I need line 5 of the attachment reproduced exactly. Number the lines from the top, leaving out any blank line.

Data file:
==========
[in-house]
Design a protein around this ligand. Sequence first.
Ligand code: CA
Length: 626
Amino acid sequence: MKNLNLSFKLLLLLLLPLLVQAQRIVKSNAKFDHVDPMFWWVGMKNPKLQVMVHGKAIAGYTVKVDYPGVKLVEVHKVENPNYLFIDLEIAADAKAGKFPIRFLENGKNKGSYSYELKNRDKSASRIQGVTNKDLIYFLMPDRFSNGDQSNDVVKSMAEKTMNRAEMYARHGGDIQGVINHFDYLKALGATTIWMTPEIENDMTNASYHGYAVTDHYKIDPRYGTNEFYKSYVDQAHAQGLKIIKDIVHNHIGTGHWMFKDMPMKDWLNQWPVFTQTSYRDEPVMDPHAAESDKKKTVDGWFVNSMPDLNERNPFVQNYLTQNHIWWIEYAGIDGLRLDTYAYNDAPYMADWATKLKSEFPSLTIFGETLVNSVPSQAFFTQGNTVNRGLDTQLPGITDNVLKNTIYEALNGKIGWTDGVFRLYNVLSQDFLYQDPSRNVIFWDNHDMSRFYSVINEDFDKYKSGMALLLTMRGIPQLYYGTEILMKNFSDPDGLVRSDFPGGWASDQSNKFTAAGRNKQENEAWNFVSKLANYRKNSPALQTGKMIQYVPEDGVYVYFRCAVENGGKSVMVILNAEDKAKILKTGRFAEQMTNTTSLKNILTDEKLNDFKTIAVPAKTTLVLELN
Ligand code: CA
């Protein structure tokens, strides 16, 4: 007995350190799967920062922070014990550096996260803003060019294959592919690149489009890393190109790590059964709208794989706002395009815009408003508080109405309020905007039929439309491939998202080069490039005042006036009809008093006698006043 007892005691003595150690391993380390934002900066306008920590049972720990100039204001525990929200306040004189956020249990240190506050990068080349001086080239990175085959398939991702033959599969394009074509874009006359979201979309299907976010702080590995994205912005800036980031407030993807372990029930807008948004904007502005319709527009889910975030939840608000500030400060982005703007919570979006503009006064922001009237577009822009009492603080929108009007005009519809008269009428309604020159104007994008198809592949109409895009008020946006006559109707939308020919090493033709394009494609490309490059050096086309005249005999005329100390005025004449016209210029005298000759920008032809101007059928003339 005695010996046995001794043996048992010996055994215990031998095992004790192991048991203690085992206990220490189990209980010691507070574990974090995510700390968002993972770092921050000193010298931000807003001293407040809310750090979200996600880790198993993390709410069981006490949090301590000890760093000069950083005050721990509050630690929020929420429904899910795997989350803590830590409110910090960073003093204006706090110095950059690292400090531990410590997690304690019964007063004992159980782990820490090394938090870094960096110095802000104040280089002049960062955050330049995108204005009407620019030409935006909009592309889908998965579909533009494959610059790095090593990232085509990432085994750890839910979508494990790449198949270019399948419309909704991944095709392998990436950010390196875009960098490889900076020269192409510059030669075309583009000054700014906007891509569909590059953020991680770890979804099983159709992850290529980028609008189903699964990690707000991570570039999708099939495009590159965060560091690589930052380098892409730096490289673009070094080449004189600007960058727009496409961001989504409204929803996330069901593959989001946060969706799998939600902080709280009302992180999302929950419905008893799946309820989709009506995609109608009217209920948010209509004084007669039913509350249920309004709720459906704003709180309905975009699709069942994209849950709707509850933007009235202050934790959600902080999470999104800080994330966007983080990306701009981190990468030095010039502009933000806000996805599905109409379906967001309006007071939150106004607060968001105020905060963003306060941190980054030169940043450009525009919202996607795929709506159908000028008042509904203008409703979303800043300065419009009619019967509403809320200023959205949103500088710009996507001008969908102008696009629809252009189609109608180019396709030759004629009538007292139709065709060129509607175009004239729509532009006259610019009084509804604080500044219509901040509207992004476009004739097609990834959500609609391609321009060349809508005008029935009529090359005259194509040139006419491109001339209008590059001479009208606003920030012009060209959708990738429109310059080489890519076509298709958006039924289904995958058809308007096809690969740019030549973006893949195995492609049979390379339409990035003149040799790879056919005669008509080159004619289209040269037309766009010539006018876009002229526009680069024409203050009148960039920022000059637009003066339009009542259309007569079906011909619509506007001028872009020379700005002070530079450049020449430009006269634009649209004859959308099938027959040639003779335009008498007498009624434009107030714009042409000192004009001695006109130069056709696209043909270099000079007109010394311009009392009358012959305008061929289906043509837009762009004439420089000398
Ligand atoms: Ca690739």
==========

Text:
Amino acid sequence: MKNLNLSFKLLLLLLLPLLVQAQRIVKSNAKFDHVDPMFWWVGMKNPKLQVMVHGKAIAGYTVKVDYPGVKLVEVHKVENPNYLFIDLEIAADAKAGKFPIRFLENGKNKGSYSYELKNRDKSASRIQGVTNKDLIYFLMPDRFSNGDQSNDVVKSMAEKTMNRAEMYARHGGDIQGVINHFDYLKALGATTIWMTPEIENDMTNASYHGYAVTDHYKIDPRYGTNEFYKSYVDQAHAQGLKIIKDIVHNHIGTGHWMFKDMPMKDWLNQWPVFTQTSYRDEPVMDPHAAESDKKKTVDGWFVNSMPDLNERNPFVQNYLTQNHIWWIEYAGIDGLRLDTYAYNDAPYMADWATKLKSEFPSLTIFGETLVNSVPSQAFFTQGNTVNRGLDTQLPGITDNVLKNTIYEALNGKIGWTDGVFRLYNVLSQDFLYQDPSRNVIFWDNHDMSRFYSVINEDFDKYKSGMALLLTMRGIPQLYYGTEILMKNFSDPDGLVRSDFPGGWASDQSNKFTAAGRNKQENEAWNFVSKLANYRKNSPALQTGKMIQYVPEDGVYVYFRCAVENGGKSVMVILNAEDKAKILKTGRFAEQMTNTTSLKNILTDEKLNDFKTIAVPAKTTLVLELN